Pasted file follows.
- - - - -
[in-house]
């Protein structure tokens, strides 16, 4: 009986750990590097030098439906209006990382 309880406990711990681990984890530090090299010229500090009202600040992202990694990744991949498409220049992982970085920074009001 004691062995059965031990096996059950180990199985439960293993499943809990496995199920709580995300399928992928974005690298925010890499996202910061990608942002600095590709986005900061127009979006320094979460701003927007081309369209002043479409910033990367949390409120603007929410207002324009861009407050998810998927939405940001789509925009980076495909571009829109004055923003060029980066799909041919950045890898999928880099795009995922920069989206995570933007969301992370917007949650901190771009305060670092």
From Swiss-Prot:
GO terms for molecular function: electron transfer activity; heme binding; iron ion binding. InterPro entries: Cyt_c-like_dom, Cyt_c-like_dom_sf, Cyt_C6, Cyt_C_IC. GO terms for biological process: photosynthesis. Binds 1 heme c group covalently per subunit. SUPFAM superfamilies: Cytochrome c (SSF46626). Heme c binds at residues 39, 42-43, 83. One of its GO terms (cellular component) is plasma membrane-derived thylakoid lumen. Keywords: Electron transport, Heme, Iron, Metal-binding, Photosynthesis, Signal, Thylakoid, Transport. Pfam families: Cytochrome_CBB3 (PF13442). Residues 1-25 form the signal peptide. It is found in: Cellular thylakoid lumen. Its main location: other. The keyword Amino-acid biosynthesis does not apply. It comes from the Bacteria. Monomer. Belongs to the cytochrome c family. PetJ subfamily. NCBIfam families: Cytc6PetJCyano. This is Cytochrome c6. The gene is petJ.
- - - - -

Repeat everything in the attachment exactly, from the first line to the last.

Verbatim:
[in-house]
């Protein structure tokens, strides 16, 4: 009986750990590097030098439906209006990382 309880406990711990681990984890530090090299010229500090009202600040992202990694990744991949498409220049992982970085920074009001 004691062995059965031990096996059950180990199985439960293993499943809990496995199920709580995300399928992928974005690298925010890499996202910061990608942002600095590709986005900061127009979006320094979460701003927007081309369209002043479409910033990367949390409120603007929410207002324009861009407050998810998927939405940001789509925009980076495909571009829109004055923003060029980066799909041919950045890898999928880099795009995922920069989206995570933007969301992370917007949650901190771009305060670092």
From Swiss-Prot:
GO terms for molecular function: electron transfer activity; heme binding; iron ion binding. InterPro entries: Cyt_c-like_dom, Cyt_c-like_dom_sf, Cyt_C6, Cyt_C_IC. GO terms for biological process: photosynthesis. Binds 1 heme c group covalently per subunit. SUPFAM superfamilies: Cytochrome c (SSF46626). Heme c binds at residues 39, 42-43, 83. One of its GO terms (cellular component) is plasma membrane-derived thylakoid lumen. Keywords: Electron transport, Heme, Iron, Metal-binding, Photosynthesis, Signal, Thylakoid, Transport. Pfam families: Cytochrome_CBB3 (PF13442). Residues 1-25 form the signal peptide. It is found in: Cellular thylakoid lumen. Its main location: other. The keyword Amino-acid biosynthesis does not apply. It comes from the Bacteria. Monomer. Belongs to the cytochrome c family. PetJ subfamily. NCBIfam families: Cytc6PetJCyano. This is Cytochrome c6. The gene is petJ.